The only product adoption technique that works for SaaS.

Frankly, it’s not only for SaaS. I had to add this word for better ranking and simply because I’m working with SaaS companies. You know… we all do this. :)



Most startups, especially early stage, losing most of their potential customers before the trial even started as they don’t have any user onboarding funnel whatsoever. The very first goal is to make the user realise the value. That’s what user onboarding is about.

The next step is making this user start adopting the product, start using on a regular basis, become active and “healthy” customer who eventually decides to pay for the product as it’s now his life. It’s natural to pay for it.

Product adoption is hard. It requires continues user research and a deep understanding of customers needs, challenges and mostly how their typical day looks like. We are trying to change, and potentially improve, customers life by making him/her using our product. We cannot do this by A/B testing and accidentally bumping into something that works. We cannot do this by looking at data only. We have to know our customers really well.

Once we have that deep understanding of our customers, there is only one way to make customer adopt our product. Only one technique that actually works.



In order to explain the idea, I’ll ask you a simple question - would you agree that regular exercises make you fitter, healthier and even happier? No doubts, right? Everybody agrees that it’s important. Every year millions of people start exercising at home, outdoor or in a local gym/studio.

However, most of us (including me), will stop exercising on a regular basis or even completely stop doing that very quickly. It doesn’t take long to start prioritising other things over exercising. Why is that? I’m not lazy for sure. I do realise the full potential of regular exercises. I went to the gym, know what to do there, and it’s even quite fun. In other words, I’ve been successfully onboarded. So what’s wrong?

The problem is that I’ll have to create this routine by myself. It’s my job to keep doing something until it will start to feel natural; until I’ll feel the need to keep doing that. It takes at least 30 days to get used to a routing. It takes more to start feeling the need to keep doing it. But eventually, you’ll create a habit, which means that you won’t need reasons anymore to keep doing whatever you’re doing. Because now it’s an integral part of your life. Of you, if you wish.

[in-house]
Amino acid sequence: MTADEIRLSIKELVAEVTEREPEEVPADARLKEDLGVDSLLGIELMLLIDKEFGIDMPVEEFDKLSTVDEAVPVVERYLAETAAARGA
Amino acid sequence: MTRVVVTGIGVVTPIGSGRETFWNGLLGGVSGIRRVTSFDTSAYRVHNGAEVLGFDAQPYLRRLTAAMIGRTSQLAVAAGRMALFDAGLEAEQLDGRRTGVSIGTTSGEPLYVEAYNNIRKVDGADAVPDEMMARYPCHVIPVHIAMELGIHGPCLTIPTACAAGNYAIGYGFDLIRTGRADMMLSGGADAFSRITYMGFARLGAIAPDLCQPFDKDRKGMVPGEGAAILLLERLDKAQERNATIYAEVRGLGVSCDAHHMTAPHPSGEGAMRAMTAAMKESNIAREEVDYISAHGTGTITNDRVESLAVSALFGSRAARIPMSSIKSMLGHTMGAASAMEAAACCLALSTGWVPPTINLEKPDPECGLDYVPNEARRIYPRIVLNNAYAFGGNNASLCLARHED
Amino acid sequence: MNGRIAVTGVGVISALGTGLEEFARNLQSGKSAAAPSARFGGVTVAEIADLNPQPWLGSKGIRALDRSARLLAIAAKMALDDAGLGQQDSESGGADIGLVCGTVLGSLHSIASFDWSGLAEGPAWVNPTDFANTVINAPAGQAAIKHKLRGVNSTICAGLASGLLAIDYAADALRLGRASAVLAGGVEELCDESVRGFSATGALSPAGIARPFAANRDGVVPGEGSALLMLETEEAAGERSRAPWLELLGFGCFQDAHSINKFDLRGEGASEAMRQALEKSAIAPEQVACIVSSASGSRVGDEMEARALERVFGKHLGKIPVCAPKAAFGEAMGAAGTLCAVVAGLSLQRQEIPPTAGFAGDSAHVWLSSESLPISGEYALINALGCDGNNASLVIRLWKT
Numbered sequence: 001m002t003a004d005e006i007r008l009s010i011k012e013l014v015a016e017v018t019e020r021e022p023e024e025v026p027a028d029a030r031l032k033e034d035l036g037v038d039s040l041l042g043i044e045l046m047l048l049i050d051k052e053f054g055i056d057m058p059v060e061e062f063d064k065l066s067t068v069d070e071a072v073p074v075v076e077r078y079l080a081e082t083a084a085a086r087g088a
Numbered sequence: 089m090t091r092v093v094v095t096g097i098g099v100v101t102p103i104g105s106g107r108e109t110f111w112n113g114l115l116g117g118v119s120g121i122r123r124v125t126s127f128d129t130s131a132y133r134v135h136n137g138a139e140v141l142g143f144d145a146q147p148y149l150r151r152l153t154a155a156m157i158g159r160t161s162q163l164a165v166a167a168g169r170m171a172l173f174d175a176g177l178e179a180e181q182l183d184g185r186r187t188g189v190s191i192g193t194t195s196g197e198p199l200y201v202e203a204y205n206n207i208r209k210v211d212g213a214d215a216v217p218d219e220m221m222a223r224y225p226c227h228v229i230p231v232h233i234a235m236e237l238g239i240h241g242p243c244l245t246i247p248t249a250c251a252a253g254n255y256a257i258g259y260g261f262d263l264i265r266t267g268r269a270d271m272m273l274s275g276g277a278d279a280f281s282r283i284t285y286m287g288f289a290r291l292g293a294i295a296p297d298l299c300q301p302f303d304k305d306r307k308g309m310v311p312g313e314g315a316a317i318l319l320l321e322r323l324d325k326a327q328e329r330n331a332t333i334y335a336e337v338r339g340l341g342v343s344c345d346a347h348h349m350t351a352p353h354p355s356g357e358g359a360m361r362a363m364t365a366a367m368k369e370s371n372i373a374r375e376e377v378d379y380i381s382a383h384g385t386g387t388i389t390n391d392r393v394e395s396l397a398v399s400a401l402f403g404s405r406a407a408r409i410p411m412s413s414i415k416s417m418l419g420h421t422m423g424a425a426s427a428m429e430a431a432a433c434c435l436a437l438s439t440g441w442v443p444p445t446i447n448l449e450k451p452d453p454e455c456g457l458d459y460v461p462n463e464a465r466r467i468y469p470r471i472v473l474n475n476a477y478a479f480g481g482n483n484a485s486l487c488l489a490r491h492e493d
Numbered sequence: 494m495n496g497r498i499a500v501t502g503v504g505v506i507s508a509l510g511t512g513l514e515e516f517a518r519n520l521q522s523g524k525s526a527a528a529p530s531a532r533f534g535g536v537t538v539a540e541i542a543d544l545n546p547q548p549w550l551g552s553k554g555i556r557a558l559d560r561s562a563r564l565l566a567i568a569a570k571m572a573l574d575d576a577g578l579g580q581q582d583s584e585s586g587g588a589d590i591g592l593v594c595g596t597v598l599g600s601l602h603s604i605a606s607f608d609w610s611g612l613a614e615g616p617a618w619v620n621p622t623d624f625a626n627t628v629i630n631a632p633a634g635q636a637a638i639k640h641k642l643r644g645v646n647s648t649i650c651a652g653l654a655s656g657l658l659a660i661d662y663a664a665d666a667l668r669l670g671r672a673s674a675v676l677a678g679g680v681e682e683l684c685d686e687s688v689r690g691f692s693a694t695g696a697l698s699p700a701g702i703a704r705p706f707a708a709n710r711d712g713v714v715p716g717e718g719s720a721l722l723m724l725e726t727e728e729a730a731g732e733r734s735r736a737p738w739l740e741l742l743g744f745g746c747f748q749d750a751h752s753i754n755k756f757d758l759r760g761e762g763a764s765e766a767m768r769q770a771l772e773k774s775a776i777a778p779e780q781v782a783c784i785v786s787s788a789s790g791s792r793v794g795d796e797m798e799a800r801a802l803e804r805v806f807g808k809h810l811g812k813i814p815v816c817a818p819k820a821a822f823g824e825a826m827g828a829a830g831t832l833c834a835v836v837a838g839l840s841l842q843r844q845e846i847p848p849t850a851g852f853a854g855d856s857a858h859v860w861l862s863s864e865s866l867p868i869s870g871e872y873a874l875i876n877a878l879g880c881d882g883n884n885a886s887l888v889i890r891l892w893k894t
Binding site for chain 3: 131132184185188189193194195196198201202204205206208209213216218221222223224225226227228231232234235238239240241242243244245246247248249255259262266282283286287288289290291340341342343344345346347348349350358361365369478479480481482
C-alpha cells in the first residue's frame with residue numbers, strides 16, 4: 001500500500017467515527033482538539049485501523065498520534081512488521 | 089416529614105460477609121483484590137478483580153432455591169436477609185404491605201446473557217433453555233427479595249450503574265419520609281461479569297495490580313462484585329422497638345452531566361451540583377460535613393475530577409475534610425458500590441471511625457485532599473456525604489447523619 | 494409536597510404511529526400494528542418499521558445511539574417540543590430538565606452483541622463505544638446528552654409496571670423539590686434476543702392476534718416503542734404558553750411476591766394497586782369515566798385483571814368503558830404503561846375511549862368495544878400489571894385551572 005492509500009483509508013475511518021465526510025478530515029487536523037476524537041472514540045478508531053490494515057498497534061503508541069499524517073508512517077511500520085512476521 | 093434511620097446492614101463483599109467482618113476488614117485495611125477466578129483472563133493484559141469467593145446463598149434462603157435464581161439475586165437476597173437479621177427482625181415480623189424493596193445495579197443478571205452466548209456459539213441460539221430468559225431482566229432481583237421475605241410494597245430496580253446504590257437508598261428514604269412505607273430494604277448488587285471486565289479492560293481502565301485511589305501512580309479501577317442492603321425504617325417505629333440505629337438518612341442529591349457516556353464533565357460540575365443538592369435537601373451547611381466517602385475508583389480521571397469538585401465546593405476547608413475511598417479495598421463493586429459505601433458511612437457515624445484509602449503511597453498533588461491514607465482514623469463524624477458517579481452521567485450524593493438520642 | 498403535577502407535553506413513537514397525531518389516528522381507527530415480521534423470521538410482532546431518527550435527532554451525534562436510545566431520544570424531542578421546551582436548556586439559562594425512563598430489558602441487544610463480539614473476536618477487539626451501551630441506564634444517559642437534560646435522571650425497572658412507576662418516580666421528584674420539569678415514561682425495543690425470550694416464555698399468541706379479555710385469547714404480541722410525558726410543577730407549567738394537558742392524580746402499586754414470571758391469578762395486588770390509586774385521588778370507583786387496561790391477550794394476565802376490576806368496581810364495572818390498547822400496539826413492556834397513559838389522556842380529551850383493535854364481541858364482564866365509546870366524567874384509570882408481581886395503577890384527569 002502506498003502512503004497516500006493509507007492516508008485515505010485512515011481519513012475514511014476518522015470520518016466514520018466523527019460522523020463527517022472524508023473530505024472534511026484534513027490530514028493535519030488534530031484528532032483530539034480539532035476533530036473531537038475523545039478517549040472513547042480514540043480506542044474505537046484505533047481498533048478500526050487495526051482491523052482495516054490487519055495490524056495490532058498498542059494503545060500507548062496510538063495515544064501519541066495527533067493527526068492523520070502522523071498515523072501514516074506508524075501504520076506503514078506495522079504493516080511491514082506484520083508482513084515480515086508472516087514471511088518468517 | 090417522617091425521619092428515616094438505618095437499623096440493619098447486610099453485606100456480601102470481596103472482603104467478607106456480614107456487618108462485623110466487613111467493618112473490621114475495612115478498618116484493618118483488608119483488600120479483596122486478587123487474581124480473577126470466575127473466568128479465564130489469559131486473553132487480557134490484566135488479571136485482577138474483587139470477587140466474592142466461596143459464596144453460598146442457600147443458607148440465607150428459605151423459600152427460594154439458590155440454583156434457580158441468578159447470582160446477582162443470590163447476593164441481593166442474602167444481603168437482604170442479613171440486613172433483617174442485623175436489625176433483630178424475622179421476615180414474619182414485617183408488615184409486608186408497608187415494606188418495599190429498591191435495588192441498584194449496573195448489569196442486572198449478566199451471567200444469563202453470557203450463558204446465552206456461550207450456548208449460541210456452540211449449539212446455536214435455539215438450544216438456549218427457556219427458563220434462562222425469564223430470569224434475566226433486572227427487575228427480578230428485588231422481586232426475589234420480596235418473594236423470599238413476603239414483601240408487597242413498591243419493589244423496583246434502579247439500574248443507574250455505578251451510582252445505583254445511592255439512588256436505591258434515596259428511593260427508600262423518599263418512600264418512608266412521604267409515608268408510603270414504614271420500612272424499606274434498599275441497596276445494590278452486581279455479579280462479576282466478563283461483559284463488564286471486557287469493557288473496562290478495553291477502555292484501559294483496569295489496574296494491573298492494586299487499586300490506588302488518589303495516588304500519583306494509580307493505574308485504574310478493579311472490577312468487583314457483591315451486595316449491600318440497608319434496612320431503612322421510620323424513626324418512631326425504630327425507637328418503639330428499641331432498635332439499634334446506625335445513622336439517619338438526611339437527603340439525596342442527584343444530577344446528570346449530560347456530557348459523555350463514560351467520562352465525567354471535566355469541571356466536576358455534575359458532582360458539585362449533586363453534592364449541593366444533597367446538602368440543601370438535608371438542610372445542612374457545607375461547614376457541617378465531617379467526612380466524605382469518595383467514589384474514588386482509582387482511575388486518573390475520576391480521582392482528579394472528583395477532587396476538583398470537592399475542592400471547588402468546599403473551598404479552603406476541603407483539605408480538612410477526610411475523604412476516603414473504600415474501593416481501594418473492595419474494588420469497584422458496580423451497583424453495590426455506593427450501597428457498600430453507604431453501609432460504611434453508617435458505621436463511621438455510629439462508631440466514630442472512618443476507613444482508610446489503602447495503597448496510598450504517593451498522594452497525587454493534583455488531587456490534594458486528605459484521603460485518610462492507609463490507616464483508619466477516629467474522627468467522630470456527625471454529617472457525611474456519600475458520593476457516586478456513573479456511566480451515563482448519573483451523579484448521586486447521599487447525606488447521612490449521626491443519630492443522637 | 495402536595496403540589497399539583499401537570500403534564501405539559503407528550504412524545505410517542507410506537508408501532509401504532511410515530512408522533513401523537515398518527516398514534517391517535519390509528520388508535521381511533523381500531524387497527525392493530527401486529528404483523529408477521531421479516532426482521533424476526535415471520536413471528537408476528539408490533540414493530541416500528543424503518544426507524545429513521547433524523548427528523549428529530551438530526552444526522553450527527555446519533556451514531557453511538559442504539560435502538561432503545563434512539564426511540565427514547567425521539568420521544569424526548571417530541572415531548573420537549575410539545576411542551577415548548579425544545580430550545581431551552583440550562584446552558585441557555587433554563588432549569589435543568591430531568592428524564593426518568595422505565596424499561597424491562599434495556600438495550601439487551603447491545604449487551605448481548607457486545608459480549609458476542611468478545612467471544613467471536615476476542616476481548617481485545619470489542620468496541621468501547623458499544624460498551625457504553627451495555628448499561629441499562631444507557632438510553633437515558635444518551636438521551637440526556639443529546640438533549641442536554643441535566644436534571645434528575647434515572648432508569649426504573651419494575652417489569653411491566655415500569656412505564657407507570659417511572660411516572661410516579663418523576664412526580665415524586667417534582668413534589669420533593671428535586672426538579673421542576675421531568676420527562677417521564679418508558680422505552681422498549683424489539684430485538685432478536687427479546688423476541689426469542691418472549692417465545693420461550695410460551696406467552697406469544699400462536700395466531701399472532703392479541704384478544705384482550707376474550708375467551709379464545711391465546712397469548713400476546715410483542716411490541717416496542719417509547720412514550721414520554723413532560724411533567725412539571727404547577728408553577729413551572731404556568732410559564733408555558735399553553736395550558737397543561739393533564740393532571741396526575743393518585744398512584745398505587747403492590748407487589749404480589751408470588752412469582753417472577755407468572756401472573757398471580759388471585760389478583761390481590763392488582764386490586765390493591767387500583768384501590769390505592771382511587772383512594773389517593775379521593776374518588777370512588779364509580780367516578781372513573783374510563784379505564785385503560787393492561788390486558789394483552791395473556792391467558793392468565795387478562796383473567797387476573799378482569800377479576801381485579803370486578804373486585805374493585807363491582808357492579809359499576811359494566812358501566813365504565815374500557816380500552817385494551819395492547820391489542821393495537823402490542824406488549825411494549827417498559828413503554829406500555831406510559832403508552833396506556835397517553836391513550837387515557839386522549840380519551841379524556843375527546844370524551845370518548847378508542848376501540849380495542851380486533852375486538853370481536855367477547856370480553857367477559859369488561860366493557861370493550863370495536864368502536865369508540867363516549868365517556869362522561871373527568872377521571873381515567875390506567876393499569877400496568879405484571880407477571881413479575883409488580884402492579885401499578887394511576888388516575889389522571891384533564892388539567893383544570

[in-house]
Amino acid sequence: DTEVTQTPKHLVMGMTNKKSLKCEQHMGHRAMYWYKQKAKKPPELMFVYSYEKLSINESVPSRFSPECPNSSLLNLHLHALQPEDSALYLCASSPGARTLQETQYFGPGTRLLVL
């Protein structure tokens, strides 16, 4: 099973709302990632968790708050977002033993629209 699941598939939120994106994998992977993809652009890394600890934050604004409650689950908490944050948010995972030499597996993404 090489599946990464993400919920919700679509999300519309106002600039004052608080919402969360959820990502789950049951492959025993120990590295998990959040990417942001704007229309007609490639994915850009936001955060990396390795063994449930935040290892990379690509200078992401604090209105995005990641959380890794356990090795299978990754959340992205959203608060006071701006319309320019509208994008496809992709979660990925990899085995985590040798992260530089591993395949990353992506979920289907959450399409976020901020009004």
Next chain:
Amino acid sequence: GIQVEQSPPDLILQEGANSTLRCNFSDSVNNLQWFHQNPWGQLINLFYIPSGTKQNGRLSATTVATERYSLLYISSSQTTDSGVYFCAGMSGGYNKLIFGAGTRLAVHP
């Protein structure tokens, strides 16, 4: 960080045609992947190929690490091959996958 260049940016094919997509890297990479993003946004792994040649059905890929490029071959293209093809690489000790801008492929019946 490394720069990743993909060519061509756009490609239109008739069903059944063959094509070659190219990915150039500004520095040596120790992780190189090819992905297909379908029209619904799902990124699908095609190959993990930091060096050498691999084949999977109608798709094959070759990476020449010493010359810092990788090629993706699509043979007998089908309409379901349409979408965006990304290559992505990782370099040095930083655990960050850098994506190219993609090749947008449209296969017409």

That’s what product adoption process is about - create a routine and make sure users following it, so eventually, they’ll develop a habit of using your product.

How can we create a routine

Now the question is obviously how can we create such routine. No worries. I’m here to help you. :)

To cook a good routine, we will need only one ingredient: in-depth knowledge of our customers. Who they are, what are their real reasons to use your product, how their day looks like and so on?

By knowing our customers' real reasons to use our product we can create the single smallest task they will need to carry out on a regular basis. We will also know how to motivate them, how to reward them and what triggers to use.

By knowing our customers' current routines, we could anchor the new routine with the existing one. For example, we can send every morning an email notification motivating a customer to open the app and check the morning report. We will send it every morning because we do generate a report after 24 hours and because our customers check their emails every morning before morning standup meeting. We cannot send a link though, as we don’t want to create a habit that relies on our emails. We want customers to type in the URL. The report has to be short, but helpful. We need to reward our users for successful task completion for example by adding a “complete” button and showing a “great success” screen once clicked.

Summary

Is it easy to create such routine? Not at all. Is it effective? Oh yeah. It’s not that hard to form a new habit as it merely requires a commitment for some period. The problem is to create a proper routine, with effective triggers, motivators, right tasks for users to carry out and the right rewards to encourage customers to keep doing that.


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